Chris’s friend Craig came to visit for the weekend and wanted to do some backpacking and camping, so Chris asked some friends for some recommendations on hikes or trips. A friend of his recommended the Timpanogos Summit hike as a “pretty easy hike”. Basically a hike from 7,350 to 11,749 feet throughout a 7 mile trip. It can be done as long day hike (out and back) or as an overnight. We decided to pack our bags and stay overnight and call it a backpacking trip.
Mount Timpanogos is the second highest mountain in the Wasatch range (where I live) and one of the most popular peaks to summit in the Rocky Mountain range. More info here if you’d like to know more. We used the Aspen Grove trailhead, which is mentioned.
We headed out on Friday at about 4:30pm after packing up and stopping at the grocery store for some snacks and meals. We had plans to camp near Emerald Lake, which was about 2/3 the way up to the summit. After a lot of adjustment of my pack, which still did not fit well, we headed up the trail. In less than a mile, I had a blister and was extremely crabby and ready to turn around. I had a blister on my heel from Craig’s grueling pace and a pack that still wasn’t fit correctly. I stopped and got things more situated and continued on, wondering if backpacking was really my thing and cursing because within a hour into our trip, I had a blister. Things slowly improved- the scenery got more beautiful, and we made more progress on our trip up, which we were decided for ourselves was NOT easy, like we had been told. We took many breaks on our way up to get up enough energy to move on.
Chris and I by the waterfall. The fact that I’m actually smiling means I’ve decided that this isn’t too bad afterall, and I’m going to continue on and not ask Chris for the keys to his car to drive myself home.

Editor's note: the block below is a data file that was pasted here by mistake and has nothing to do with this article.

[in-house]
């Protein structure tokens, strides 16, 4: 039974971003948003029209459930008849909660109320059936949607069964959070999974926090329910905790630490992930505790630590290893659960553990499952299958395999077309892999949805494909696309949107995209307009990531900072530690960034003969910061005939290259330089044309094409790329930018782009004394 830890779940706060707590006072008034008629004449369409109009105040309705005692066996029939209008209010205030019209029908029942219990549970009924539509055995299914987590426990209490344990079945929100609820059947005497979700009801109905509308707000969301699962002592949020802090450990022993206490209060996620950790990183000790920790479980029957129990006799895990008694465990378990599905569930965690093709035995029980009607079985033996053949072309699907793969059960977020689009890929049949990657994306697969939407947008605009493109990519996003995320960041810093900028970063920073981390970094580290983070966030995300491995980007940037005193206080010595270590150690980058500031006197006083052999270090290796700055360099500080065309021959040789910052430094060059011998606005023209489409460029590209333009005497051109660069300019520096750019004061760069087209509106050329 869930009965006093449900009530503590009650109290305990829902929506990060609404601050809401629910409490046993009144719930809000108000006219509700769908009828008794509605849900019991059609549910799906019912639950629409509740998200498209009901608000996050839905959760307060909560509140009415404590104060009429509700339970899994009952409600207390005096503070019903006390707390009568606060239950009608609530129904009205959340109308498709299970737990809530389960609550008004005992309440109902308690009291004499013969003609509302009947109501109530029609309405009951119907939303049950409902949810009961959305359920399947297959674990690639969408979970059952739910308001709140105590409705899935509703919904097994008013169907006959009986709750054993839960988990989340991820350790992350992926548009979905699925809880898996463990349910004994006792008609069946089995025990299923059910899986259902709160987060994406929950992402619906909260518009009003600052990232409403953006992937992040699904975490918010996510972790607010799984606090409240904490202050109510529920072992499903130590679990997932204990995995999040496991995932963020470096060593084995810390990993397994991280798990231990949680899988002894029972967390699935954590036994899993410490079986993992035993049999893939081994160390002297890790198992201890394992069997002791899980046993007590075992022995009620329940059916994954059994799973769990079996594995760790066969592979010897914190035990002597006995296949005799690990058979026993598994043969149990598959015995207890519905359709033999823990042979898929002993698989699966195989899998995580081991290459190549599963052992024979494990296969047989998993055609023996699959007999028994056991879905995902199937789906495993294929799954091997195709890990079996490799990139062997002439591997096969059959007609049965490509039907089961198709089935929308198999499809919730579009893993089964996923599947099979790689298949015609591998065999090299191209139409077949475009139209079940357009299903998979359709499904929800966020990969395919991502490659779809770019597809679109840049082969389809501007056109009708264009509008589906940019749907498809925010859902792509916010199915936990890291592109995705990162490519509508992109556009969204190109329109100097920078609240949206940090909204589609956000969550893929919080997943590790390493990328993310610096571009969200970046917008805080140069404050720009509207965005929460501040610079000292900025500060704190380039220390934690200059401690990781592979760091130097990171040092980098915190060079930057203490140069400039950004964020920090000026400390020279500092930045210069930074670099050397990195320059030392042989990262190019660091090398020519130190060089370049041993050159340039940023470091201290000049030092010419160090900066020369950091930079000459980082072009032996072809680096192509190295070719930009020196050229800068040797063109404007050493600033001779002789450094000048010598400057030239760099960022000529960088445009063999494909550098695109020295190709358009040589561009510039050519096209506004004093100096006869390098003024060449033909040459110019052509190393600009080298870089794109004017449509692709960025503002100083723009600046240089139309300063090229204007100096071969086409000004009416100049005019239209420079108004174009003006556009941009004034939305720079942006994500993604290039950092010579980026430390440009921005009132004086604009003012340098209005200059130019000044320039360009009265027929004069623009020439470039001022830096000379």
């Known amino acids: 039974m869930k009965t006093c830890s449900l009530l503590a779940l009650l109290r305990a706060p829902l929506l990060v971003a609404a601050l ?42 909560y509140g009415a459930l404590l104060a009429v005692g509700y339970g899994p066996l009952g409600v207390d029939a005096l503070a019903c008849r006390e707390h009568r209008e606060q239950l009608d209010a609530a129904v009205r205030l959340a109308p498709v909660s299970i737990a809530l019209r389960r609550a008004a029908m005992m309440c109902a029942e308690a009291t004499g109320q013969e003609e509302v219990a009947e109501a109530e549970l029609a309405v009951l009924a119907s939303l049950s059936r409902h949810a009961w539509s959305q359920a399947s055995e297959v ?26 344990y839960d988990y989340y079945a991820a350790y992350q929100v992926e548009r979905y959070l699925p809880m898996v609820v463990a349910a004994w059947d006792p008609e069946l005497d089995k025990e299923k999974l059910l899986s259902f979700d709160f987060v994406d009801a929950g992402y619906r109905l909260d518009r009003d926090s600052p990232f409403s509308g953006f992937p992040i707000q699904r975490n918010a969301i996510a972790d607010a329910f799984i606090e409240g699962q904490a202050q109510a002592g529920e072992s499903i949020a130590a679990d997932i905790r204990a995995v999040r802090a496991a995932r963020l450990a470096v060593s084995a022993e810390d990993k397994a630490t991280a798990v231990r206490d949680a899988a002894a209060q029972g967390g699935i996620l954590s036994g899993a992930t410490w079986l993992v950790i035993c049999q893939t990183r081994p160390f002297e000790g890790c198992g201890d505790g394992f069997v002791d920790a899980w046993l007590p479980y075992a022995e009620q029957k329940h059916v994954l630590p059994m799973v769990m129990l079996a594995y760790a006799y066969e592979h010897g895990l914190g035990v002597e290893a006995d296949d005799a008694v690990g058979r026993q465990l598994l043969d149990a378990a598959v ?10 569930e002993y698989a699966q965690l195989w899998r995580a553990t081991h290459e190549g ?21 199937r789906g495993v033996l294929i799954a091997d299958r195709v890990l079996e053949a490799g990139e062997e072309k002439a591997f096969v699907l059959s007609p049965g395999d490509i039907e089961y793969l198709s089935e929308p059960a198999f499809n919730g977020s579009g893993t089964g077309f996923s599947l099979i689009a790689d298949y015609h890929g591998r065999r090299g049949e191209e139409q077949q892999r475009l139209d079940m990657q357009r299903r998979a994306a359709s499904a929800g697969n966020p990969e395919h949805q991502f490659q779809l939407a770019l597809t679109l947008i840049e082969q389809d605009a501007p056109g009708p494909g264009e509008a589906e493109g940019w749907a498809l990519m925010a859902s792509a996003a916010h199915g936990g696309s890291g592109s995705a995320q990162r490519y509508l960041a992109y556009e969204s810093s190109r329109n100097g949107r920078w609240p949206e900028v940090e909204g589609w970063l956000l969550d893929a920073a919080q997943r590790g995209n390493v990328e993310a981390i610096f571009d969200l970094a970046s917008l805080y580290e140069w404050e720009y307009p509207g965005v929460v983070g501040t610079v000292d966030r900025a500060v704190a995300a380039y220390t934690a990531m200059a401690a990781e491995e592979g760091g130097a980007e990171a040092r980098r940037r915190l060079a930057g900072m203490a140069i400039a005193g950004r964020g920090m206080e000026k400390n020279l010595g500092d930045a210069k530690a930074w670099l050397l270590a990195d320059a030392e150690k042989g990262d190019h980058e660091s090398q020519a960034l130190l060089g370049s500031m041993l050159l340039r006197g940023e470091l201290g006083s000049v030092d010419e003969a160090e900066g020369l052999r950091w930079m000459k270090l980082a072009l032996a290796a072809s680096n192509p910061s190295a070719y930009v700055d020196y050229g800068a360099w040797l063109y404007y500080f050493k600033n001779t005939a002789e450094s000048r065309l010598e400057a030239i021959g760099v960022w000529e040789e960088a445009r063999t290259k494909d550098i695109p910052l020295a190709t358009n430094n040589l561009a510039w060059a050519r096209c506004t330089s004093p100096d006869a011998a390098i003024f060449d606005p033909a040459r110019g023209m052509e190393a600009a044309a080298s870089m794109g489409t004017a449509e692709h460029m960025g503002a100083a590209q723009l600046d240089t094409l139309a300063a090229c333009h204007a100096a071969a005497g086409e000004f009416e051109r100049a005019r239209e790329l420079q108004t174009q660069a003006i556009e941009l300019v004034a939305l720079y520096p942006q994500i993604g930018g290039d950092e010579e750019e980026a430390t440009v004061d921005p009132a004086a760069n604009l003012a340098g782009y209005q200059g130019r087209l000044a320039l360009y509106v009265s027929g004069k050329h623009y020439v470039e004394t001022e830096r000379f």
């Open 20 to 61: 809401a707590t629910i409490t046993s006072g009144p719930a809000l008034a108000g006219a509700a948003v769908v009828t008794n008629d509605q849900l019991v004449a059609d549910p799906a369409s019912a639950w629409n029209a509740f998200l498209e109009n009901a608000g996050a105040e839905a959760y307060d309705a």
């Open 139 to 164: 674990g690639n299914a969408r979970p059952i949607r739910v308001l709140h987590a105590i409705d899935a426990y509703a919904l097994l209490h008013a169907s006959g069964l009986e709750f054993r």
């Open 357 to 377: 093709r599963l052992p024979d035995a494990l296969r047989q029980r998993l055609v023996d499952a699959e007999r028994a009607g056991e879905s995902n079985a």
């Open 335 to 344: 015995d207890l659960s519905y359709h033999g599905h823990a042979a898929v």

Camping Friday night was cold. I think it got down to around 40 degrees? Good thing I had a warm sleeping bag and tent. I was pretty cold before I went to bed, but once I got in the tent, not too bad. When we woke up this morning, we saw these goats right out the tent- you can see the corner of the tent in the photo- they were right there!
Today was the day to leave our backpacks and gear behind and head for the summit- another 2ish miles. We stopped at this snow/glacier fed lake to fill up with water. I won’t mention how this process was done, unless Chris and I are sick next week. Chris and I are not worried about it, so you shouldn’t be either.
We found snow! I love snow so much that I ate some!
Here’s Chris and Craig. Unfortunately, this is where we left Craig behind. He got a little altitude sickness and had a headache and decided that going higher up was not a good idea.
We came to an area called “the saddle” which is similar to a U shape- like a valley in between the ridge of the mountain. We were originally going to stop here, but I convinced Chris to go on. For me, it was like running a marathon and stopping at mile 25 and saying, “Oh, that’s enough”. I just can’t do that, so we went to the top.
This little hut is on the top of the mountain. It has a lot of graffiti on it (so sad) and this stupid BYU art on it. Timpanogos is near BYU and a lot of BYU students climb it, which we realized as we passed many people wearing BYU shirts and were asked “if we were members of the (LDS) church.” One guy saw Chris’s Minnesota shirt and assumed he moved from MN to go to BYU- no way!
Craig let me use his trekking poles for most of the trip up and all the trip down. I think I’ll be adding these to my birthday list. They make backpacking more enjoyable for me. On this trip, I decided I’m not super crazy about carrying all this stuff- I find myself just hating my pack and the fact I have to carry it. If I use trekking poles, it takes my mind off my pack and helps me to enjoy the trip more. These things are key!
I was very happy to see the parking lot and take off my hiking boots to find this blister that started as the size of a pea and ended about the size of a quarter. Stupid boots, or socks, or pace, or pack.. something was not right.